Wake Atoll National Wildlife Refuge, Wake Island

Photo: Arctic Warrior via flickr

It’s no big deal to fly across the Pacific Ocean. As long as you have a Kindle downloaded with books, a sleeping aid, and an aisle seat, you’re ready to go. Shanghai for work? No problem. Bali for sunshine? All set. A once-in-a-lifetime trip across Australia? Your bags are packed. Meanwhile, you don’t even realize how lucky you are.

It used to take weeks, if not months, to cross oceans by boat. The first non-stop transatlantic flight—between Newfoundland and Ireland—didn’t occur until 1919. It took another 12 years (plus more than 41 hours) for the first transpacific flight—between Japan and Washington—to happen. But the journeys remained exclusive and expensive. It wasn’t until the mid-1930s that Pan American Airways, the world’s largest airline, became determined to offer regular service between the United States and China. A non-stop flight still wasn’t possible. But Wake Island cut the trip in half at least.

Wake Island is one of the most isolated places in the world. It’s a remote atoll in the middle of the Pacific. It’s one of the U.S. Minor Outlying Islands, making it an unincorporated territory of the United States. It lies about two thirds of the way between Honolulu and Guam. It also sits just a few hundred miles west of the International Date Line, so it’s the first place in the United States to greet a new day or year. After an airfield was constructed in 1936, it became the stopover point for passengers flying between San Francisco and Hong Kong.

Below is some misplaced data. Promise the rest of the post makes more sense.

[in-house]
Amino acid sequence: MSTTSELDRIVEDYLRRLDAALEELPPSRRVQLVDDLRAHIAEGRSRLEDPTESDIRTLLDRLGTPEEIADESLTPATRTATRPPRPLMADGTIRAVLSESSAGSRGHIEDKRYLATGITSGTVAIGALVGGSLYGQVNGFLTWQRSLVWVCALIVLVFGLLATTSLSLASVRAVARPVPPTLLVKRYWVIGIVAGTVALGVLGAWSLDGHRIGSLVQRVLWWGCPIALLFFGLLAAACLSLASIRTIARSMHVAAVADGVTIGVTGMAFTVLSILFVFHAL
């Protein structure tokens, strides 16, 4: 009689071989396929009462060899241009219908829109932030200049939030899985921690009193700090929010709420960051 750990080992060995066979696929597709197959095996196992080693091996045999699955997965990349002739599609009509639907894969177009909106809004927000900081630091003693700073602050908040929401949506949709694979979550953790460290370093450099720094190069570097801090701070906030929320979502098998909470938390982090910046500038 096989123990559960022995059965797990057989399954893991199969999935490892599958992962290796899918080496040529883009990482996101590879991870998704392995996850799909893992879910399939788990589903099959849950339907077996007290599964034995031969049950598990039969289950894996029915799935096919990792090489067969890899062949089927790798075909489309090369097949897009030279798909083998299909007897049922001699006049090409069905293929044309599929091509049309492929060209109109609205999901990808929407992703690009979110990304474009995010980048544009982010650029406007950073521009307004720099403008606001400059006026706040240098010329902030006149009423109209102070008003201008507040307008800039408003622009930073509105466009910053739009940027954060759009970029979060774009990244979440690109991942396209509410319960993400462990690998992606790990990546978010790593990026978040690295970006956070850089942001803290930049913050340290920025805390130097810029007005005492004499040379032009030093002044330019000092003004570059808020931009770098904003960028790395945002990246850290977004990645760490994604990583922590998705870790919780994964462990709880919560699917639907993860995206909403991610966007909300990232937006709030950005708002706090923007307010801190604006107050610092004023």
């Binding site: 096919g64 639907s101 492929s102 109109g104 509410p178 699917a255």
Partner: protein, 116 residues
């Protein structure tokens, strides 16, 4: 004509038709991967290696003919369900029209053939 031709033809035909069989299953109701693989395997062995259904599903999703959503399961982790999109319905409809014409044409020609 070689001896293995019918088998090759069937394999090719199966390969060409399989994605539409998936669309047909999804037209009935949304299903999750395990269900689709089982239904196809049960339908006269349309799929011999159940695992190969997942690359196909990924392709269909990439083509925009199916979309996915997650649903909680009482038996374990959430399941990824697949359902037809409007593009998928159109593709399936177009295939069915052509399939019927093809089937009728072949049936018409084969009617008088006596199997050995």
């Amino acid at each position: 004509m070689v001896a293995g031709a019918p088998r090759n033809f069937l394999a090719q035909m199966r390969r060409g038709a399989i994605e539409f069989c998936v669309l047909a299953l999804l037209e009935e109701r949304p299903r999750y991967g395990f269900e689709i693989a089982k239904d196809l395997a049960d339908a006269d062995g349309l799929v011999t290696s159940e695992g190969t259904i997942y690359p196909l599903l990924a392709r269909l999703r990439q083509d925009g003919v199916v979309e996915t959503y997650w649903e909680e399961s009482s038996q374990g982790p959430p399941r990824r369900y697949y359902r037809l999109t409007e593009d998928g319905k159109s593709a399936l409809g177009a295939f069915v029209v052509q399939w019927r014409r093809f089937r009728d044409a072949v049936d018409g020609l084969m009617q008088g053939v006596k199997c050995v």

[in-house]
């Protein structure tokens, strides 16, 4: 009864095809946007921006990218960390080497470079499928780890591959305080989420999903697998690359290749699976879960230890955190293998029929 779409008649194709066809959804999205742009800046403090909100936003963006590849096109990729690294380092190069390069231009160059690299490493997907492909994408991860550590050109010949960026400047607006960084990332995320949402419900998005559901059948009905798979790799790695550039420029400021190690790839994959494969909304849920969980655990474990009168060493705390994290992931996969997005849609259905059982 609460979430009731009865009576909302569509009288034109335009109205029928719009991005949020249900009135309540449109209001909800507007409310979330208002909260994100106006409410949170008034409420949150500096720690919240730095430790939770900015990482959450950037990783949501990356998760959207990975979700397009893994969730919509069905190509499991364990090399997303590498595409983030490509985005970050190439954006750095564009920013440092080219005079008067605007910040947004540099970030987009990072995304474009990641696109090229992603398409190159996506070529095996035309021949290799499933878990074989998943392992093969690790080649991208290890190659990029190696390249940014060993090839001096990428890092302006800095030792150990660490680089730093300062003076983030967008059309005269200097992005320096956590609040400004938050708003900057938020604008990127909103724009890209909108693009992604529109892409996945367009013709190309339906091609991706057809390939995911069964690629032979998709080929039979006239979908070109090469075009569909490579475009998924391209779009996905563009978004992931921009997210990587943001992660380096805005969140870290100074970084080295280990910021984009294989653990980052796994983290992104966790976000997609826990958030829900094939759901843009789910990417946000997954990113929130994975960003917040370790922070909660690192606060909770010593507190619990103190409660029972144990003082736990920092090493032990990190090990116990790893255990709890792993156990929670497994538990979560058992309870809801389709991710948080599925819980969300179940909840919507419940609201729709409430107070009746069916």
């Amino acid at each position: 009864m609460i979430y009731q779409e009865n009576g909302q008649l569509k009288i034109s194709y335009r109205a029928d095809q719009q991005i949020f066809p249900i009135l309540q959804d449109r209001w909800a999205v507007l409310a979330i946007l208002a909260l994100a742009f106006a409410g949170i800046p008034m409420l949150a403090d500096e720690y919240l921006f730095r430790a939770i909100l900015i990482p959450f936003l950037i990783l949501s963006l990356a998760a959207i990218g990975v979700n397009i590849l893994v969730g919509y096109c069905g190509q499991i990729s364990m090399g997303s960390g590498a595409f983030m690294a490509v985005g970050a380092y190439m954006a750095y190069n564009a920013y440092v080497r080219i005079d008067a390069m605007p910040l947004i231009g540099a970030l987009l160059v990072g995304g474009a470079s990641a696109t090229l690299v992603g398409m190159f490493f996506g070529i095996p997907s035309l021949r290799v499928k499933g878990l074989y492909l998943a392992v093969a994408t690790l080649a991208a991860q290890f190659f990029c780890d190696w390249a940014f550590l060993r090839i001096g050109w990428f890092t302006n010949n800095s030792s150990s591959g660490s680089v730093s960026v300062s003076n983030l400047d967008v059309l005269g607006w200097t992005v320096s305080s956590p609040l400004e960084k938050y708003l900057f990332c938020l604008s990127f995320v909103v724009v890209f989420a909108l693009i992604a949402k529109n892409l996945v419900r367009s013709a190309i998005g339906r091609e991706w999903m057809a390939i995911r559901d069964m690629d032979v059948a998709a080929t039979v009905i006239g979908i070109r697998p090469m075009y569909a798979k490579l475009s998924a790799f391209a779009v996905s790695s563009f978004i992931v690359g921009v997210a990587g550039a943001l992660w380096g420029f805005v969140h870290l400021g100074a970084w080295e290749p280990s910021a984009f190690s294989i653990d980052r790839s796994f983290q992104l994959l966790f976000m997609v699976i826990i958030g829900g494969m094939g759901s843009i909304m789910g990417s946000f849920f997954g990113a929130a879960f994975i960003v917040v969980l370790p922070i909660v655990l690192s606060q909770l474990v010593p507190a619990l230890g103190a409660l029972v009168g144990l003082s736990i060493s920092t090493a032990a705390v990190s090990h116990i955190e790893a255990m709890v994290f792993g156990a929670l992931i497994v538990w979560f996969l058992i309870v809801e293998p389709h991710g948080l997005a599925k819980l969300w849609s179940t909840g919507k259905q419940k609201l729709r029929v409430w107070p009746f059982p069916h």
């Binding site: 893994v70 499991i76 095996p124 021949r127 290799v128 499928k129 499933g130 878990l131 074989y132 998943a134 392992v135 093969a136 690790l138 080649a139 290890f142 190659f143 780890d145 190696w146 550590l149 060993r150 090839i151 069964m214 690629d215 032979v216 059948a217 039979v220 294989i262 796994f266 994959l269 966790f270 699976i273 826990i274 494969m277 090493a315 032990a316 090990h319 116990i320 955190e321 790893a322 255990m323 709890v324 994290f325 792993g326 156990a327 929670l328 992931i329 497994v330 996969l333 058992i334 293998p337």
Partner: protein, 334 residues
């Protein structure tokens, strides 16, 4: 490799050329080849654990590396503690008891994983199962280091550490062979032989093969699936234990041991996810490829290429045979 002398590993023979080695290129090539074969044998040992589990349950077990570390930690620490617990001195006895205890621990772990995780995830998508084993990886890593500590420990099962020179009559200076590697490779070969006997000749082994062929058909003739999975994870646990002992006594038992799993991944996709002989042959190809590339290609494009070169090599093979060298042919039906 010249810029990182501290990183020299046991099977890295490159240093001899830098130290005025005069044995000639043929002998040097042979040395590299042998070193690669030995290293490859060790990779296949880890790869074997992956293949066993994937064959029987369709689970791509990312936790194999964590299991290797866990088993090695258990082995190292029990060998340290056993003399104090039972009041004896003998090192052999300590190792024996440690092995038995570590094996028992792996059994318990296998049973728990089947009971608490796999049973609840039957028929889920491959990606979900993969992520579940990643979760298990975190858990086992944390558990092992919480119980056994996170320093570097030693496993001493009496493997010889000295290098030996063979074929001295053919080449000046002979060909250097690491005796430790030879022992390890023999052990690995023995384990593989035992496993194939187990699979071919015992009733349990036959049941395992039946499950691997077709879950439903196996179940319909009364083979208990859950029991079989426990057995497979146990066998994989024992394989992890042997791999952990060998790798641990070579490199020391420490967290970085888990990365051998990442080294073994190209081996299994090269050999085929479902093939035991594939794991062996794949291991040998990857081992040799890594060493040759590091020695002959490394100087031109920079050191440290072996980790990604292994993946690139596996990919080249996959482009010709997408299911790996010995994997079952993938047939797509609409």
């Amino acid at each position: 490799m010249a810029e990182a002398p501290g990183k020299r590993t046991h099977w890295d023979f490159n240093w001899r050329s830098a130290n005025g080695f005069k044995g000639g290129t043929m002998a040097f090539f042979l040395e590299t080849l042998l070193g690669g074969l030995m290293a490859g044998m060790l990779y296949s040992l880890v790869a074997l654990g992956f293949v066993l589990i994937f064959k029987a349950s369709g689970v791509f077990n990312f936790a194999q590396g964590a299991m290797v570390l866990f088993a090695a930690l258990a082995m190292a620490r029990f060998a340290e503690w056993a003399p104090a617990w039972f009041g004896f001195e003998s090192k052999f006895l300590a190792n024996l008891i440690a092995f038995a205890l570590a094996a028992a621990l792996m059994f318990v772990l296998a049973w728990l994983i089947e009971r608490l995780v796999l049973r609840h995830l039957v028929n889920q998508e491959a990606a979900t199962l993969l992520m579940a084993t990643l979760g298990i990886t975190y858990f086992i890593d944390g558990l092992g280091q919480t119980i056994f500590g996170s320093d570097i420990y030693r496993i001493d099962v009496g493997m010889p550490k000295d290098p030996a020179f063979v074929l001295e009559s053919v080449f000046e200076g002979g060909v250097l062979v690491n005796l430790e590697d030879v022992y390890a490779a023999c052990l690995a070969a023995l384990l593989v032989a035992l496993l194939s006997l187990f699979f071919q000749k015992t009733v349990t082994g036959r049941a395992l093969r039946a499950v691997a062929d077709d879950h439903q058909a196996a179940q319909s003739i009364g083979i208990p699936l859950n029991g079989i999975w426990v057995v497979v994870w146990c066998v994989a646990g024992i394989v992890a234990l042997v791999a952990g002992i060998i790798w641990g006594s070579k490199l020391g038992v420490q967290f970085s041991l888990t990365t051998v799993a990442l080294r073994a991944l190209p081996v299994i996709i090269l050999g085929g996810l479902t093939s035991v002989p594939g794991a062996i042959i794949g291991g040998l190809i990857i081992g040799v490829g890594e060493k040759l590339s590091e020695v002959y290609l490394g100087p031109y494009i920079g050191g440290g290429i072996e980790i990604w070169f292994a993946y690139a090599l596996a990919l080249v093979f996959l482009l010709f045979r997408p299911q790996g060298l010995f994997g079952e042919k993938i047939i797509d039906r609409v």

But, if you’ve heard of Wake Island, it probably isn’t because of its aviation history. In December 1941, Wake Island was attacked just hours after Pearl Harbor. Though American forces repelled the first invasion, the islands—there are actually three of them in the atoll—fell to the Japanese 12 days later in what became known as the Battle of Wake Island. Japan then occupied it until the end of the war in 1945.

After World War II, Wake Island became a refueling stop and a staging ground for the United States military. Commercial transpacific flights briefly resumed, though advances in jet aircraft drastically reduced the need for a stop on a long-distance flight. The Wake Atoll National Wildlife Refuge, later incorporated into the Pacific Remote Islands Marine National Monument, was established to protect the habitat of migratory and seabirds, as well as the surrounding coral reefs. While the islands remain largely inaccessible. But that doesn’t mean you shouldn’t dream about your own Wake Island stopover one day.

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